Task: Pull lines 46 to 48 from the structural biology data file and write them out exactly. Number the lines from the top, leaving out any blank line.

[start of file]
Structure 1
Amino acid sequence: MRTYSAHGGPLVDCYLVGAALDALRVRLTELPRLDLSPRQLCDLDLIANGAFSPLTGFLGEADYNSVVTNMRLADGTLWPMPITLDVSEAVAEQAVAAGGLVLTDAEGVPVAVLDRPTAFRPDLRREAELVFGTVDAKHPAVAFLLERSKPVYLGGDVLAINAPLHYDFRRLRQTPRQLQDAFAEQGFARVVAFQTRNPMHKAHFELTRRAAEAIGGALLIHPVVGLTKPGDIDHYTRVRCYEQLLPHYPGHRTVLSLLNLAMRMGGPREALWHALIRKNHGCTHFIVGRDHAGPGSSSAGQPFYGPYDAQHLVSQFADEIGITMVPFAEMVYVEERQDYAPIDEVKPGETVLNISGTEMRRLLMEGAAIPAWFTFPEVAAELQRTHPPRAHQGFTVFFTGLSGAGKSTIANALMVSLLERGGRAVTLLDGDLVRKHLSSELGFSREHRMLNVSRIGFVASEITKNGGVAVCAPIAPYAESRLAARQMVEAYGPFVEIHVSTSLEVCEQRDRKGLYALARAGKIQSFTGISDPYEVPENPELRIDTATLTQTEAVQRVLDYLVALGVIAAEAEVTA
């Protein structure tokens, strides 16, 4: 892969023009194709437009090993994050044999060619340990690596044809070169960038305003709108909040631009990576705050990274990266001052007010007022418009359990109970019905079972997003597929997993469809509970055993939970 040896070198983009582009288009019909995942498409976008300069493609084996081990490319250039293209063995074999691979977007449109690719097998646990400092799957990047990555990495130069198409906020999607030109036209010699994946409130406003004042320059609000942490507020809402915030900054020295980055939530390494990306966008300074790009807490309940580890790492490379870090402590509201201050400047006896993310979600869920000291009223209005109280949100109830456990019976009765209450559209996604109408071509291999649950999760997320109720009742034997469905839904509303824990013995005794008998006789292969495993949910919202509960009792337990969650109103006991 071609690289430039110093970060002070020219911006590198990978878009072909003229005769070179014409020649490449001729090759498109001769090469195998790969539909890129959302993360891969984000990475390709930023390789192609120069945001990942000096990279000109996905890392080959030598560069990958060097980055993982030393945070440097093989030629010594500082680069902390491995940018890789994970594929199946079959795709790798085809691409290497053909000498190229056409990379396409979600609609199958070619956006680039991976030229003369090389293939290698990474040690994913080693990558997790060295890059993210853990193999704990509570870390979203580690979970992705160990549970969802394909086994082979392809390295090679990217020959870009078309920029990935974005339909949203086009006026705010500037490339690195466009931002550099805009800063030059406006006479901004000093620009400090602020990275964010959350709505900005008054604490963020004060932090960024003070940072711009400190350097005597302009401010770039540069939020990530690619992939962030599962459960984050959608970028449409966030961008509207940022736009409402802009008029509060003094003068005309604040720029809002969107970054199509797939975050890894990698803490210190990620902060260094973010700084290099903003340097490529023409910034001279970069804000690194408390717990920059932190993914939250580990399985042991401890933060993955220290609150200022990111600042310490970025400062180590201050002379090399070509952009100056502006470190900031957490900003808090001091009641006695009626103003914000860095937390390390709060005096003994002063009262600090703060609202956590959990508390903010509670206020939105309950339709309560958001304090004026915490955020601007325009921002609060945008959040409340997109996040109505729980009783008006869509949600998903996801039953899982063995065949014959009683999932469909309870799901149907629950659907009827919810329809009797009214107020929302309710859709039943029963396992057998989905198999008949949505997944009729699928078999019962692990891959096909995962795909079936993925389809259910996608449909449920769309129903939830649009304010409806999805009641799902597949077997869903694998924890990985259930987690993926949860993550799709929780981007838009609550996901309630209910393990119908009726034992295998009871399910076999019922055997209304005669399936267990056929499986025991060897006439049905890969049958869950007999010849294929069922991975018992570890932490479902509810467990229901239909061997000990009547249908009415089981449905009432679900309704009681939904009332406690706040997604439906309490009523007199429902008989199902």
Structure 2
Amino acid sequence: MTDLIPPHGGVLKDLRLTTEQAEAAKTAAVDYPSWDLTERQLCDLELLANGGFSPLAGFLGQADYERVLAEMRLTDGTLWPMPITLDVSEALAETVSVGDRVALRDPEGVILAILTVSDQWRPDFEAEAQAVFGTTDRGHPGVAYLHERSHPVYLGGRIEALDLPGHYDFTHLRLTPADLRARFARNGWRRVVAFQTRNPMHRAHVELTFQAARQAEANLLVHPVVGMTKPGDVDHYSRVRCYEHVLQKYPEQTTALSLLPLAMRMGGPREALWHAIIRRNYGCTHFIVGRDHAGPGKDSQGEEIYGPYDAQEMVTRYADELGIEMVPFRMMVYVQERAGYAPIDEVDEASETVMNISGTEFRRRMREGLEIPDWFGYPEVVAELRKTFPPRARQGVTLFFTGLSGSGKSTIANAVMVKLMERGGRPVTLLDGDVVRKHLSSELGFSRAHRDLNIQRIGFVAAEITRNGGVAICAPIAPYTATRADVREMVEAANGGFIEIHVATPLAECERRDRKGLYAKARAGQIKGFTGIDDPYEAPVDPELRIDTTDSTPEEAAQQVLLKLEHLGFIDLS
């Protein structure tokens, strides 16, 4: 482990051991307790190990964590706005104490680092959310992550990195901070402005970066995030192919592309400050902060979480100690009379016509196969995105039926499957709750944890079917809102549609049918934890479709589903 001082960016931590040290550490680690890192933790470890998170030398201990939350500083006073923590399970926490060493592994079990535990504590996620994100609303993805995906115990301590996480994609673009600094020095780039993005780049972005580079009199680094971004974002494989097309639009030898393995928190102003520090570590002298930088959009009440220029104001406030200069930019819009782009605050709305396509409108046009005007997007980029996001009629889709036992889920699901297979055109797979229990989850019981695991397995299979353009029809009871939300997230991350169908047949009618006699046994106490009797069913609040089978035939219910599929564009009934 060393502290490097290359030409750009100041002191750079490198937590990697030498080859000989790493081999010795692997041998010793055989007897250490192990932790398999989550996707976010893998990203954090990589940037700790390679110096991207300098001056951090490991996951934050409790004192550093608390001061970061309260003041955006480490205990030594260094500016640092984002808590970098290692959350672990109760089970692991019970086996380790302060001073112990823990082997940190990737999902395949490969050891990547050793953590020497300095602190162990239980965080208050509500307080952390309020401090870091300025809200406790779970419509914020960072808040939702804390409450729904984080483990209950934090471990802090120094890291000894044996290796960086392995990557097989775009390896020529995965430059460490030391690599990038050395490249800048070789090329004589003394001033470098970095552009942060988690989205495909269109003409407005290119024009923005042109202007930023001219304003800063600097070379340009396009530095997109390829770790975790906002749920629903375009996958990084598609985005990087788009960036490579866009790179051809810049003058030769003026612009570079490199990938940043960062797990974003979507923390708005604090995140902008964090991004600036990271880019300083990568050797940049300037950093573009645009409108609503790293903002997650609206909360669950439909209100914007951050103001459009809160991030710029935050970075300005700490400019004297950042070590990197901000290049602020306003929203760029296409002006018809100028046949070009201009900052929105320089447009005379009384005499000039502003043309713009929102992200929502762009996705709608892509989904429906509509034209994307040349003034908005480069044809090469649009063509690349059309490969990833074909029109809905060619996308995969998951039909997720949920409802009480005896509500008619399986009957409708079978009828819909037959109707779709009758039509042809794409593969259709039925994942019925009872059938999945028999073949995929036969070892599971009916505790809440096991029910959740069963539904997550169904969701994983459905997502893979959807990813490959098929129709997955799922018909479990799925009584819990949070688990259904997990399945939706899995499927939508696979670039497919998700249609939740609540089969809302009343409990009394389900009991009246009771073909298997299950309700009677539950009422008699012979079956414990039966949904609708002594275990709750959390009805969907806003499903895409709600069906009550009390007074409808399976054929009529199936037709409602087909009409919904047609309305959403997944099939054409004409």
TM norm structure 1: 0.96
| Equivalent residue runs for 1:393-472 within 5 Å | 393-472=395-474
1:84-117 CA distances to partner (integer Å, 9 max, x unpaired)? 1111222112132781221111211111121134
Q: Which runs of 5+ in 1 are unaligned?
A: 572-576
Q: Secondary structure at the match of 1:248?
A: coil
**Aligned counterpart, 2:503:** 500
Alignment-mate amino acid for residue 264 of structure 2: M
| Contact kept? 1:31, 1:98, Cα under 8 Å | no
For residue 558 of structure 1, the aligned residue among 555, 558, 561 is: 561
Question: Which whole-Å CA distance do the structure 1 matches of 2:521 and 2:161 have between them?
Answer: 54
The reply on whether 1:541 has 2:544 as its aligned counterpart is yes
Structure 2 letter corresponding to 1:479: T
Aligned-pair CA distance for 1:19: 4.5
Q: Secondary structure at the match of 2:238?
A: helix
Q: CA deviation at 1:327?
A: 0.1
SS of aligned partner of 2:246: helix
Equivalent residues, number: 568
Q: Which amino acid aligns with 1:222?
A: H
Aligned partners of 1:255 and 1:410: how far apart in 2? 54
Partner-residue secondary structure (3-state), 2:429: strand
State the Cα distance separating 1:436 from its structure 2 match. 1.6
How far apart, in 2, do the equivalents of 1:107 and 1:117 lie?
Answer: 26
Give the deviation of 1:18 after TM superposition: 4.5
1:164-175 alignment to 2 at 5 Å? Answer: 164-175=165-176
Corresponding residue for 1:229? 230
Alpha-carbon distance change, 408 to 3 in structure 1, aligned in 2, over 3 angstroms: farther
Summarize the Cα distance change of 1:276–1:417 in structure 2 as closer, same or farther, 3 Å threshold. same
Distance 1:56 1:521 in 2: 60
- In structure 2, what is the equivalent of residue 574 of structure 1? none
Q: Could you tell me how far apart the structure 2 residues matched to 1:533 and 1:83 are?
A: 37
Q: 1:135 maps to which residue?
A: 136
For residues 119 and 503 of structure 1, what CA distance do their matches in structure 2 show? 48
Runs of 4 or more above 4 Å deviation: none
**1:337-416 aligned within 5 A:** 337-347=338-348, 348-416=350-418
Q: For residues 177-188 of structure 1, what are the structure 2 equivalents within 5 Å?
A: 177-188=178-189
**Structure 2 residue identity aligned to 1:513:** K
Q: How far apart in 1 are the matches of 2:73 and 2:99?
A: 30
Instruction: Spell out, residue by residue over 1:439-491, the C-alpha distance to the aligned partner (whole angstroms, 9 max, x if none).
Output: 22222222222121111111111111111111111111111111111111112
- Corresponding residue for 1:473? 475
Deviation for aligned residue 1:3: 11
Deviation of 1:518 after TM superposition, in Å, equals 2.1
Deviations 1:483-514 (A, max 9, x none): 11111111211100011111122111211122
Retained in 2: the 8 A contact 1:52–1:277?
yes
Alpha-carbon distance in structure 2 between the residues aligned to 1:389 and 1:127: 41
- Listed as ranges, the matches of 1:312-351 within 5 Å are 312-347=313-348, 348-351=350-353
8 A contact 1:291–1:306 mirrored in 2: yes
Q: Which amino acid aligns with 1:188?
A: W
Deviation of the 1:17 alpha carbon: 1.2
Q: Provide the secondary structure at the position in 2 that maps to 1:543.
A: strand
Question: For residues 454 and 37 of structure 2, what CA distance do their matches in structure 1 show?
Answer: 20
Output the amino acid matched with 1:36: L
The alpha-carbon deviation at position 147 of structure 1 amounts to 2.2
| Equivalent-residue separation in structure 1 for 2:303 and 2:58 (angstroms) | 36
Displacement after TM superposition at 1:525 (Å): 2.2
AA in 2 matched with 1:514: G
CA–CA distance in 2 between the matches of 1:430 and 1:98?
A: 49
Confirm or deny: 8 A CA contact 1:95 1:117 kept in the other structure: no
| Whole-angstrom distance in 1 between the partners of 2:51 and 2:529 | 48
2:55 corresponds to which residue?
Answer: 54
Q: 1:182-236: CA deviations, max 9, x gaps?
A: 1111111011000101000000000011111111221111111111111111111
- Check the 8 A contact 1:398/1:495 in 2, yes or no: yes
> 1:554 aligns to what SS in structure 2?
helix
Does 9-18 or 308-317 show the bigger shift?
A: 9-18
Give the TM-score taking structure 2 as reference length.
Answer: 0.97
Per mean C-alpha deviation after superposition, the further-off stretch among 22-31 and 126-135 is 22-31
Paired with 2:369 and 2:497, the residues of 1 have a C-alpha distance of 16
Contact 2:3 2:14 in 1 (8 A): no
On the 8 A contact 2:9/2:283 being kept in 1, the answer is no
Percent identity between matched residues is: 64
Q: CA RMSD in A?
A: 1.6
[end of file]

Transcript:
A: 136
For residues 119 and 503 of structure 1, what CA distance do their matches in structure 2 show? 48
Runs of 4 or more above 4 Å deviation: none